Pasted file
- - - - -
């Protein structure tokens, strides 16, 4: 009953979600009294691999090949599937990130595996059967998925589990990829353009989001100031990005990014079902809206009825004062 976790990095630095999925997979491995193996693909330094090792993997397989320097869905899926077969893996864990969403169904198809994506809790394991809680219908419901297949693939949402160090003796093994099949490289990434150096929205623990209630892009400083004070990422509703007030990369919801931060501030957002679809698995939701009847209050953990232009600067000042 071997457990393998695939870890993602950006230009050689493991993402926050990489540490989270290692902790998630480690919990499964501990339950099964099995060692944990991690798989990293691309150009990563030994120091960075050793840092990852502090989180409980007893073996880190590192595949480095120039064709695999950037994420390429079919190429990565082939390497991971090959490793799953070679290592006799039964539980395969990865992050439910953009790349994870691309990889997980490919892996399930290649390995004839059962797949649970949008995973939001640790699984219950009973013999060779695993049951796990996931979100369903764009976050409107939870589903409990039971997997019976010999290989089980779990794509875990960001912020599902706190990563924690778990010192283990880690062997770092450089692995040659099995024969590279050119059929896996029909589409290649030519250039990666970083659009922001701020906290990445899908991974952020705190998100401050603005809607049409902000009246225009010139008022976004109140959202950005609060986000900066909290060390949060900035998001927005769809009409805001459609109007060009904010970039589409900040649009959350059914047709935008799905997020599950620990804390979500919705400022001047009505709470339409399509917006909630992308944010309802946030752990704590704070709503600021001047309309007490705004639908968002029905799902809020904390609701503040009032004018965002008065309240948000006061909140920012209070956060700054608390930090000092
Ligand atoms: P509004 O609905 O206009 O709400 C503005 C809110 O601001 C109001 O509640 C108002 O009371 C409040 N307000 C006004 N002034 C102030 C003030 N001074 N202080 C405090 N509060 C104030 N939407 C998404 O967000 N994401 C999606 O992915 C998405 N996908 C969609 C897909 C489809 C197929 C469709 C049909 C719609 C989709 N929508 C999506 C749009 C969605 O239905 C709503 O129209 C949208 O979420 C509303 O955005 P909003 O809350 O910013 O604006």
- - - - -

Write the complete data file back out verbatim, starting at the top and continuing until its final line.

């Protein structure tokens, strides 16, 4: 009953979600009294691999090949599937990130595996059967998925589990990829353009989001100031990005990014079902809206009825004062 976790990095630095999925997979491995193996693909330094090792993997397989320097869905899926077969893996864990969403169904198809994506809790394991809680219908419901297949693939949402160090003796093994099949490289990434150096929205623990209630892009400083004070990422509703007030990369919801931060501030957002679809698995939701009847209050953990232009600067000042 071997457990393998695939870890993602950006230009050689493991993402926050990489540490989270290692902790998630480690919990499964501990339950099964099995060692944990991690798989990293691309150009990563030994120091960075050793840092990852502090989180409980007893073996880190590192595949480095120039064709695999950037994420390429079919190429990565082939390497991971090959490793799953070679290592006799039964539980395969990865992050439910953009790349994870691309990889997980490919892996399930290649390995004839059962797949649970949008995973939001640790699984219950009973013999060779695993049951796990996931979100369903764009976050409107939870589903409990039971997997019976010999290989089980779990794509875990960001912020599902706190990563924690778990010192283990880690062997770092450089692995040659099995024969590279050119059929896996029909589409290649030519250039990666970083659009922001701020906290990445899908991974952020705190998100401050603005809607049409902000009246225009010139008022976004109140959202950005609060986000900066909290060390949060900035998001927005769809009409805001459609109007060009904010970039589409900040649009959350059914047709935008799905997020599950620990804390979500919705400022001047009505709470339409399509917006909630992308944010309802946030752990704590704070709503600021001047309309007490705004639908968002029905799902809020904390609701503040009032004018965002008065309240948000006061909140920012209070956060700054608390930090000092
Ligand atoms: P509004 O609905 O206009 O709400 C503005 C809110 O601001 C109001 O509640 C108002 O009371 C409040 N307000 C006004 N002034 C102030 C003030 N001074 N202080 C405090 N509060 C104030 N939407 C998404 O967000 N994401 C999606 O992915 C998405 N996908 C969609 C897909 C489809 C197929 C469709 C049909 C719609 C989709 N929508 C999506 C749009 C969605 O239905 C709503 O129209 C949208 O979420 C509303 O955005 P909003 O809350 O910013 O604006």